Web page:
Within information systems we are interested in studying people, technology and organizations, and in improving businesses, processes and everyday life through technology. No small feat, but luckily we have our students to help us.
Within the basic level course IT & Management we discuss issues of relevance to future IT decision makers. In a recent lecture the topic was on sustaining versus disruptive technologies.
Sustaining technologies are understood as increment improvements to existing technologies, which do not fundamentally change the key attributes of the technology. The user receives essentially the same value as before, but more of it or of a better quality. The ever increasing megapixels in our smartphone cameras are an example of this.
Disruptive technologies, on the other hand, are innovations which bring a whole new set of value attributes to the user. Another characteristic is that the performance of the technology improves at a rapid rate and reaches or overcomes the performance of the current technology. Disruptive technologies gain their illboding name from their propensity to take manufacturers of current technologies by surprise and rob them of their market shares.
To get a more active grasp of the concepts, we applied our newfound understanding to a context we are all familiar with; higher education. We had a lively classroom session centering around whether online education is disruptive to traditional universities. The participants were mainly 2nd and 3rd year students, with limited experience of online education.
The groups’ task was to identify key value attributes of traditional university education, and the same for online education, understood as e.g. MOOCs.
Value attributes of traditional university education
The first key attributes identified for traditional education centered around the social aspects of the university experience. The students initial viewpoint was that the sense of community, the social skills and the networks you gain are not replicable in online education. They pointed out aspects of trust – “you know who you are dealing with”, and also recognized the value of getting face-to-face supervision and being able to seek guidance in person. Only after the social dimensions, did the students point out the value attribute of gaining knowledge and skills in your area of study. The possibility to tailor your degree according to your wishes was interestingly also brought forward as an attribute of traditional education. After some prodding the students arrived at the value attribute of being able to award a degree as a key attribute of traditional education.
Value attributes of online education
When moving on to value attributes of online education the students were initially hesitant but quickly gained momentum. Interestingly, the first value attribute mentioned was more structure in your studies, a clearer “storyline”. This could be taken as a pointer to us within traditional education to better articulate and package our offerings. More freedom was brought forward, namely regarding time and place of your studies, as well as the courses being cheaper than in traditional universities in many countries. A larger assortment of courses and more possibilities to specialize were the next attributes to be identified, and at this point some of the students wavered regarding their previous stance on the better possibility to tailor-make your degree in traditional education.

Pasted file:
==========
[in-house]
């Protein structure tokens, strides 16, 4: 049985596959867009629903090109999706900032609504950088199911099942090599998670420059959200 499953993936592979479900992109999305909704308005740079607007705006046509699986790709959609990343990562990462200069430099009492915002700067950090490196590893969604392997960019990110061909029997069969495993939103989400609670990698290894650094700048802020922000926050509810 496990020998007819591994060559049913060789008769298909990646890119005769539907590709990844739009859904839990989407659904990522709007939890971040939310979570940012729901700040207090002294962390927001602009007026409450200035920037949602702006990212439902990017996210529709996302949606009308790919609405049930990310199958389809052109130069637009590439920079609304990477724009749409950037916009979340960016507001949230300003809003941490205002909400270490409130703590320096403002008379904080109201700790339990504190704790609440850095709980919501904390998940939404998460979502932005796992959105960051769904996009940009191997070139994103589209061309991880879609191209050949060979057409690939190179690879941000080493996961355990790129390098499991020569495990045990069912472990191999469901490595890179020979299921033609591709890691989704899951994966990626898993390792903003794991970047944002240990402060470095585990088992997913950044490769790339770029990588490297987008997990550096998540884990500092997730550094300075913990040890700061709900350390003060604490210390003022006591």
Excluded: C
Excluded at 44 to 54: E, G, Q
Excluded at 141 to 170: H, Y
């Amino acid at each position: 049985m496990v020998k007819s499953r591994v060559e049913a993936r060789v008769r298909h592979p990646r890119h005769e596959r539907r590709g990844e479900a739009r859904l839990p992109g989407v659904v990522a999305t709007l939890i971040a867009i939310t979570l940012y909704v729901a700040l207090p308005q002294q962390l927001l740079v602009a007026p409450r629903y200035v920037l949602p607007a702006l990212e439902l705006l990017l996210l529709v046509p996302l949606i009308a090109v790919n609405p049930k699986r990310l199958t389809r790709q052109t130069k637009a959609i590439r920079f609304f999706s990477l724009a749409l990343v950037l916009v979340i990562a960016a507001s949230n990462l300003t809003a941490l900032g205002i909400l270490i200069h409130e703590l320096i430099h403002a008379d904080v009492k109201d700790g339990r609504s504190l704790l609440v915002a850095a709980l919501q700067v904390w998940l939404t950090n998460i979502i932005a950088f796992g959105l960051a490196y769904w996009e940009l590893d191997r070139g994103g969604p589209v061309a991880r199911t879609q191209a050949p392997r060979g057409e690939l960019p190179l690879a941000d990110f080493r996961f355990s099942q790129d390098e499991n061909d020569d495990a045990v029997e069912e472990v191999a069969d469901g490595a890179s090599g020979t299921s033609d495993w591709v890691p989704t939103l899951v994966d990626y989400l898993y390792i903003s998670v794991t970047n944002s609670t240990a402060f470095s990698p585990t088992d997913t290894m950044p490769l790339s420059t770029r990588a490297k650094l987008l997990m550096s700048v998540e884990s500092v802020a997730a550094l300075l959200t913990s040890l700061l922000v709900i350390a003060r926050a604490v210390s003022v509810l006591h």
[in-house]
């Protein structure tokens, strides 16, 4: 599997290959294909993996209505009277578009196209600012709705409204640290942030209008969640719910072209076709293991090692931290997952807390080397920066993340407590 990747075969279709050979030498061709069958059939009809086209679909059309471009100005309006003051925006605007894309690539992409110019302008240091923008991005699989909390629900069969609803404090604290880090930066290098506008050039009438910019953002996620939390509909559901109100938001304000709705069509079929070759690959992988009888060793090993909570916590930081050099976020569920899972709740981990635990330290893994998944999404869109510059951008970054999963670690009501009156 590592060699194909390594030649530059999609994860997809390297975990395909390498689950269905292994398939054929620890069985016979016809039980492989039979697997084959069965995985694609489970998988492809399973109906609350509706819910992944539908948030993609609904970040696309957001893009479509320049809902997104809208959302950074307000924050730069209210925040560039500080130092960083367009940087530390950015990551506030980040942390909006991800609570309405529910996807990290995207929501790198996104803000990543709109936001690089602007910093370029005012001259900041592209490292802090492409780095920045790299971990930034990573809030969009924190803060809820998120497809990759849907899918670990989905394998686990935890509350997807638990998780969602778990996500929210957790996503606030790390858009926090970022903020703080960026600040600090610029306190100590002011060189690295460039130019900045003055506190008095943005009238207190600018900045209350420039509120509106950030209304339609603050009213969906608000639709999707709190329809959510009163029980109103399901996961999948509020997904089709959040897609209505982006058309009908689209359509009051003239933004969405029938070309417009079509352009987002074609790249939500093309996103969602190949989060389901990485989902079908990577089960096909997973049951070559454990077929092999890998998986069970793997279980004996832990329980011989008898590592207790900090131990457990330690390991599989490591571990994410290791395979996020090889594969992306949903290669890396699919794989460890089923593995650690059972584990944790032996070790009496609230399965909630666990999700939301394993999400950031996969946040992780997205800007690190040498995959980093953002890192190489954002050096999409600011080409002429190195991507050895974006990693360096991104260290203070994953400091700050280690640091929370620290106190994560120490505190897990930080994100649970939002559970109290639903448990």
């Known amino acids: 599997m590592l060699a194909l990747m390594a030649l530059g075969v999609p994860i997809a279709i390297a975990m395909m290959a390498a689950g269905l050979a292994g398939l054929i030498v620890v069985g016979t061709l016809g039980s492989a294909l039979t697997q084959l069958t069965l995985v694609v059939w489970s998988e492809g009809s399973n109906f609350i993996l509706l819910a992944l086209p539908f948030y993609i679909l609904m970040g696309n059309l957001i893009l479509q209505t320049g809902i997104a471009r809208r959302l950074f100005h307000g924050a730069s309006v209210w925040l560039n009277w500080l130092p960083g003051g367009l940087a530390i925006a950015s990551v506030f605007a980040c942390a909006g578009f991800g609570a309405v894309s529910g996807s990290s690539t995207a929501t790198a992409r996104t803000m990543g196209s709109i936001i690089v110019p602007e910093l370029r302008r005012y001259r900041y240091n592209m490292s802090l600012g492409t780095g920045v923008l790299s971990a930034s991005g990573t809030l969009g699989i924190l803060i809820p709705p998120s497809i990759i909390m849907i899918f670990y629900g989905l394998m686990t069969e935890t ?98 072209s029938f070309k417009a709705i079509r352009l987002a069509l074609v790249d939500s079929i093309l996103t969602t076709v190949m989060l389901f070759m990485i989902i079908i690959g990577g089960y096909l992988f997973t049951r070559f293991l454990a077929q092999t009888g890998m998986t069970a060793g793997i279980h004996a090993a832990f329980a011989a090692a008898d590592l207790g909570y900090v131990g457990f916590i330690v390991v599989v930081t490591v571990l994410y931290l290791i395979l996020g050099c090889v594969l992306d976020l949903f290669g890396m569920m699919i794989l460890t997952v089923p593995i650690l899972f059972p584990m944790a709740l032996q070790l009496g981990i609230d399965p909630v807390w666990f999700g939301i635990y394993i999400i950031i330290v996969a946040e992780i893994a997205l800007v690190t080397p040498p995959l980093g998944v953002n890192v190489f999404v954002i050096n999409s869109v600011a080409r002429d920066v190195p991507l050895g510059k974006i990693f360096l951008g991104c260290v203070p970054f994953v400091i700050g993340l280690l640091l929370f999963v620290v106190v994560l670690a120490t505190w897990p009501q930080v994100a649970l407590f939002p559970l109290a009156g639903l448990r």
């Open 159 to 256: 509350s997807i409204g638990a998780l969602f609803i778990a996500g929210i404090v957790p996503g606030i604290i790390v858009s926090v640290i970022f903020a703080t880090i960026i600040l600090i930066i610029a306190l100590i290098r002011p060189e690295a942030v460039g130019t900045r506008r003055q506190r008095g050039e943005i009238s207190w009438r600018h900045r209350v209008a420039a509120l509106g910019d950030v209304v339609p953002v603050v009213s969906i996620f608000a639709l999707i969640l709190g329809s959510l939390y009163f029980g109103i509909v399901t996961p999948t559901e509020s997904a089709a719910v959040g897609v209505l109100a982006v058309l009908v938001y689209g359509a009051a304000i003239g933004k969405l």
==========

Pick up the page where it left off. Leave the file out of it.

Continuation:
Finally the students arrived at the value attributes of having access to more experts and possibly more recent scientific knowledge.
A disruption or not?
Once we had identified the value attributes of both traditional university education and online education, we set out to discuss and compare the two sets of value attributes. The overwhelming opinion in the classroom was, that even with e.g. VR technology, social networking etc, the social value of participating in traditional education is superior to what can be provided in online education. During the discussion the almost limitless access to different topics and experts in online education seemed to gain more and more appeal with the students, but they simultaneously identified the need for quality control. At this point one of the students voiced that online education might actually make traditional universities stronger, as their position as gatekeepers and awarders of quality degrees rises in value. Our final conclusion as a group when our time ran out was, that if we could combine the best of these both worlds, our students would through online education have access to far more knowledge and expertise than a single university ever could provide, but the home university would be in a key role in making sure that the courses taken form a coherent whole and are within defined quality parameters. In this vision online education will not form a disruption, but rather an enhancement and significant improvement of traditional university education.
A goal worth dreaming of when working on digitalization of higher education.